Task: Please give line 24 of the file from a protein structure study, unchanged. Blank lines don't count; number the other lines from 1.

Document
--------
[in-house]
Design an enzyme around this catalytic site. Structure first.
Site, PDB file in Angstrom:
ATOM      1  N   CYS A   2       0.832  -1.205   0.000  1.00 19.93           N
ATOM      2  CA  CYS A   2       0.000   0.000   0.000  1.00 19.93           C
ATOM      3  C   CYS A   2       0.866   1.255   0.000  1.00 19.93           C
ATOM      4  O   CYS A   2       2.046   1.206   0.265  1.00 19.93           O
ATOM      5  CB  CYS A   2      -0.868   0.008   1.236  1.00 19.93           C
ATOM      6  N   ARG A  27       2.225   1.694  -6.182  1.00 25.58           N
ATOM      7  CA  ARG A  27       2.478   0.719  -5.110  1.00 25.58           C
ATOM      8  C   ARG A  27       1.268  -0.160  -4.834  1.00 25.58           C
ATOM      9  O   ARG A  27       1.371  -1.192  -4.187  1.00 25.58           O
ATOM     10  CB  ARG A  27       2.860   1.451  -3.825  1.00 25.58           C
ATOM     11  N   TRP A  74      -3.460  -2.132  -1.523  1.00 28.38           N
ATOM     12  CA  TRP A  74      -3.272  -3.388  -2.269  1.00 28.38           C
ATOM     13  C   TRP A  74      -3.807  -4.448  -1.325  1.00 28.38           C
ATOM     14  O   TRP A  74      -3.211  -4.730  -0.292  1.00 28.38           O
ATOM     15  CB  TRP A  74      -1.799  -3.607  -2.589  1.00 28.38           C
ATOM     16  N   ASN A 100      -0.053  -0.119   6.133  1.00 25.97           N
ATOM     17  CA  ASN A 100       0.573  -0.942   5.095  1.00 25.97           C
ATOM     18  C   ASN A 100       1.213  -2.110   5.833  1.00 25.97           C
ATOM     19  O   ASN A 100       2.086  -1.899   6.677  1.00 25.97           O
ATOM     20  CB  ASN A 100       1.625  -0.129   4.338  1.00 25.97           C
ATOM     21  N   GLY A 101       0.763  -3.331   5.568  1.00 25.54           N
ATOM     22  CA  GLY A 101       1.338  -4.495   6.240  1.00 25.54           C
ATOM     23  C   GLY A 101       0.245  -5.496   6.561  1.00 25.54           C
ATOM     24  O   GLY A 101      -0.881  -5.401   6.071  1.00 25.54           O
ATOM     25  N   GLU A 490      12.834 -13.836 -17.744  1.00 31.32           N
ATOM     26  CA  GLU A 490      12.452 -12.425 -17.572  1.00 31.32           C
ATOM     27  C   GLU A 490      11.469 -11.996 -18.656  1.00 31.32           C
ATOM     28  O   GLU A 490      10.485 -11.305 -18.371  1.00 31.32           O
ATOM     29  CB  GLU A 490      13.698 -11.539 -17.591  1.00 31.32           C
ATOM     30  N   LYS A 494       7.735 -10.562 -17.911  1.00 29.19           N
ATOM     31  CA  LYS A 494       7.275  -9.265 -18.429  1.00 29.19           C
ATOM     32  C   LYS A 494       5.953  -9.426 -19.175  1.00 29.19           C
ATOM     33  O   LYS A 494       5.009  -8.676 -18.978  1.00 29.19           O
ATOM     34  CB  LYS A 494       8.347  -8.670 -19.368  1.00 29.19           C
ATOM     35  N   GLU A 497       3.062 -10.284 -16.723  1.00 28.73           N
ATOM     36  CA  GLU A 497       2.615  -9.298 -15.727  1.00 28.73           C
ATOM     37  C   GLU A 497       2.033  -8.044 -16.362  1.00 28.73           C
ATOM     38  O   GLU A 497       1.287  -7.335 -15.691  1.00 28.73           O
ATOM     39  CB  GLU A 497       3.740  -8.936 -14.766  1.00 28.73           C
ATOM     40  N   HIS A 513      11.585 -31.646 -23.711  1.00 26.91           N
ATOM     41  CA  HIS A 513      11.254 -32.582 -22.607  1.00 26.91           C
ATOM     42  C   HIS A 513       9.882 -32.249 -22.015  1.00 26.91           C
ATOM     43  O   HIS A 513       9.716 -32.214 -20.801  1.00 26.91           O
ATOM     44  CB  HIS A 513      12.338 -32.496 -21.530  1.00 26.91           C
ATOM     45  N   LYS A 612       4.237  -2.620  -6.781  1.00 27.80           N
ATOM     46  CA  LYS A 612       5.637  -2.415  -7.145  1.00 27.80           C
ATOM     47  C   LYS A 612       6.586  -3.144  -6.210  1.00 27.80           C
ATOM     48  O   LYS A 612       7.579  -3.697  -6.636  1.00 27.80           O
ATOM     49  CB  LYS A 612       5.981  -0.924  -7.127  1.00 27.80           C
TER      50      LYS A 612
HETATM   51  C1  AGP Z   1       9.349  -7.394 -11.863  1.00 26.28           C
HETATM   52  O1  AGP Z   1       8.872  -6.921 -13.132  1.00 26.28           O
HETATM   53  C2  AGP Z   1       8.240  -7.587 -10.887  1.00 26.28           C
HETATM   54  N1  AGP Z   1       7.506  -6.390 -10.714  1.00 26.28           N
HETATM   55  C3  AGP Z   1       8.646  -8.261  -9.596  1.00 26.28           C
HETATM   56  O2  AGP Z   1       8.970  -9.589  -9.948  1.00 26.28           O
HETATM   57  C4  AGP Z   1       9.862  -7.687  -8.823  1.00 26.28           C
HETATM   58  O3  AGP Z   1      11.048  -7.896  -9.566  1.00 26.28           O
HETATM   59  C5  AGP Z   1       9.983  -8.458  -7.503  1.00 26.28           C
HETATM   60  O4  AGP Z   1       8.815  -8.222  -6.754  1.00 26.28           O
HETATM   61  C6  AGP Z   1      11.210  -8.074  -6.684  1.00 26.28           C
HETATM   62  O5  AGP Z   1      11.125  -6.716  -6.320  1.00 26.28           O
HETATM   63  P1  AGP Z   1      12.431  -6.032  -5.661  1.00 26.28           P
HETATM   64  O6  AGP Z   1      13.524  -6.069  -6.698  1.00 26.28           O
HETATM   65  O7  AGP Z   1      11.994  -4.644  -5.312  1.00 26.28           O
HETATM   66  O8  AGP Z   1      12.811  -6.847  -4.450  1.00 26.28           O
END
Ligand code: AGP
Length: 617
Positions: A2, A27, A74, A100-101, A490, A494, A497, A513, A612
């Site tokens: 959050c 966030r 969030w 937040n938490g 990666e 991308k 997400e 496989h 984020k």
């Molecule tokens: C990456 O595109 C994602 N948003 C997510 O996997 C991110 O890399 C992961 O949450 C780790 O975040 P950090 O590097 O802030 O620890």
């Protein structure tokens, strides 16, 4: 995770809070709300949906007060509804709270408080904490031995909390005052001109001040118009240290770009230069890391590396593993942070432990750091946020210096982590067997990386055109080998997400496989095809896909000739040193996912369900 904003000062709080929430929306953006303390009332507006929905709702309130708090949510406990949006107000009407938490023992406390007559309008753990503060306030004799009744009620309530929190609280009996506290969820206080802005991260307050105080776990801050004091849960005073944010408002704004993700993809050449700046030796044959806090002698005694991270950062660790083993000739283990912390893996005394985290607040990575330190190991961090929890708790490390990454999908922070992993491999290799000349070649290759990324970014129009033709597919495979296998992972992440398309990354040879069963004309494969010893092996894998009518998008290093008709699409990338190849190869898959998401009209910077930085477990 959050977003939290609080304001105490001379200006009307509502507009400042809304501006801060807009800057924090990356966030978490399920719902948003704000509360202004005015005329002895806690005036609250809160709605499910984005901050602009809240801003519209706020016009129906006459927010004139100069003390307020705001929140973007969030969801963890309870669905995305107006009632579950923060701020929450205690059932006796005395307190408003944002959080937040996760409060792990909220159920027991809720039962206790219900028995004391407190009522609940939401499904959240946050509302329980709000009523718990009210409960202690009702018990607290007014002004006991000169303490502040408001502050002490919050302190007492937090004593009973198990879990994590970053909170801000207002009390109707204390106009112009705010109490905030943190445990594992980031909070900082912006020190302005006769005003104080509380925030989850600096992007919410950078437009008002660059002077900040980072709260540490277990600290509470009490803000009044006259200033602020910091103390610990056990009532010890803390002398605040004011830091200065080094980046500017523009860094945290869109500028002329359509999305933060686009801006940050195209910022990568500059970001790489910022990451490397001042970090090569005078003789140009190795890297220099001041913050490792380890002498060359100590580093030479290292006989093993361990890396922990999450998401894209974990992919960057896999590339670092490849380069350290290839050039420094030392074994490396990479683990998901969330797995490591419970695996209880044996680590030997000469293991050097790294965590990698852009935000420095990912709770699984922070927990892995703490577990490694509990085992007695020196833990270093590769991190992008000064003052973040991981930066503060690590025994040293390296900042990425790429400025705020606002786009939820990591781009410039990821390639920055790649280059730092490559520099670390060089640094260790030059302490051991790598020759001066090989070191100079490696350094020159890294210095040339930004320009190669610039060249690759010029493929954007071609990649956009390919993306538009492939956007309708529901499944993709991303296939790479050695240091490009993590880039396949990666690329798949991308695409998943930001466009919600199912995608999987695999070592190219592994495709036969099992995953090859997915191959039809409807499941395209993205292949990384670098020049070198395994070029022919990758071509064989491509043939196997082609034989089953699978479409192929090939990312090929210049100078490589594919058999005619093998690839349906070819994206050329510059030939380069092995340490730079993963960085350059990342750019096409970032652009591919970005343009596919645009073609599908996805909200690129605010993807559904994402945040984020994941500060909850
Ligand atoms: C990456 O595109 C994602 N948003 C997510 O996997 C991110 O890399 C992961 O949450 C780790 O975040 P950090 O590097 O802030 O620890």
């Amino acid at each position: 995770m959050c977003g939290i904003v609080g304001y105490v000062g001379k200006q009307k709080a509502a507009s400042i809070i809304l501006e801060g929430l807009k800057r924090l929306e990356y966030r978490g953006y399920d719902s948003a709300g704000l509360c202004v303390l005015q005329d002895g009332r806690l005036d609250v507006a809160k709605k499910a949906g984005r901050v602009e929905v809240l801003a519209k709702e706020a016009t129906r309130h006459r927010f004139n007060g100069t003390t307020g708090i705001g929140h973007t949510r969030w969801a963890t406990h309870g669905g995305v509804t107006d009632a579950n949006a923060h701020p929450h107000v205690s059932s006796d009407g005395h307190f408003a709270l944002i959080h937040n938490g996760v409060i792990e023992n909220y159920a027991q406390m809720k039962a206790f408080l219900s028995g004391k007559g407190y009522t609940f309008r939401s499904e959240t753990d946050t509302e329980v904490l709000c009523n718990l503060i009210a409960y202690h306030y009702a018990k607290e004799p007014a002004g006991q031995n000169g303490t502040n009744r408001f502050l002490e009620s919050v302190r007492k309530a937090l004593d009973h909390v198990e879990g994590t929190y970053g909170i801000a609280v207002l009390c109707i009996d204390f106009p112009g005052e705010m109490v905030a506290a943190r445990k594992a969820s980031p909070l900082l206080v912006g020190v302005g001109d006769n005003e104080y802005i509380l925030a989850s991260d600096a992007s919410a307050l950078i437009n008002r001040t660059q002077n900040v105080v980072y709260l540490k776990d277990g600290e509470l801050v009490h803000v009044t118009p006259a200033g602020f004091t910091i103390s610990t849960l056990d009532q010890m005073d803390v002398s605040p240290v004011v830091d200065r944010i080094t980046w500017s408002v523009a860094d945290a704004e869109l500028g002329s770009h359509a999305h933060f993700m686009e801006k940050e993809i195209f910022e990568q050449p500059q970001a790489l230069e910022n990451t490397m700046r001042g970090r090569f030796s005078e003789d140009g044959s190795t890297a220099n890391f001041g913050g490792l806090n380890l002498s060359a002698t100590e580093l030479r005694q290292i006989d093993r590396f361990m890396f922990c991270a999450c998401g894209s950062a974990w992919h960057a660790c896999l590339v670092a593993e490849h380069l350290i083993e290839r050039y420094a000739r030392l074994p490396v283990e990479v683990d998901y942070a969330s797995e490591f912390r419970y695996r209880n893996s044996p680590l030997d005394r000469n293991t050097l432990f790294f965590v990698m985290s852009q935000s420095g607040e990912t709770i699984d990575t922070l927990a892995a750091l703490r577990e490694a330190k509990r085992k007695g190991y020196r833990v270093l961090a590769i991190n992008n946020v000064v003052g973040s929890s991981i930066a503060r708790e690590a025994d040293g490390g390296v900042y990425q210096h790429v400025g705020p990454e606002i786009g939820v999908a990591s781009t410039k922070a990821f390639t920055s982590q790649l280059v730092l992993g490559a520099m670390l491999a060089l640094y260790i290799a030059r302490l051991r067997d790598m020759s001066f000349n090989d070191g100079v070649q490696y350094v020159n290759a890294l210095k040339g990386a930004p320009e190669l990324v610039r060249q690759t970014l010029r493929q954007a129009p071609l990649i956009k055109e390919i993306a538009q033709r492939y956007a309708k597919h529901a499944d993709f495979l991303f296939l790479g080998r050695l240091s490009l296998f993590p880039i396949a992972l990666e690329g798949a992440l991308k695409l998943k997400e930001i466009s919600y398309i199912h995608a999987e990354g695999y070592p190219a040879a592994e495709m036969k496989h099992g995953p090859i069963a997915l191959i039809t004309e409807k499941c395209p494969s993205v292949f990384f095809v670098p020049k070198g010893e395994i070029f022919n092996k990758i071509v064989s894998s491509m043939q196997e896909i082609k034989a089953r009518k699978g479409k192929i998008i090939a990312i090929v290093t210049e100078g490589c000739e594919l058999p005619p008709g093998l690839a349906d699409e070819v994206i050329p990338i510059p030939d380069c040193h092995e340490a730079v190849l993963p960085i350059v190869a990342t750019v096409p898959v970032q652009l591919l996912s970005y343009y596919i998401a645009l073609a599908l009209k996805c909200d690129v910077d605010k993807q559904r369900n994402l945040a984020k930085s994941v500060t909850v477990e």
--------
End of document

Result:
ATOM     21  N   GLY A 101       0.763  -3.331   5.568  1.00 25.54           N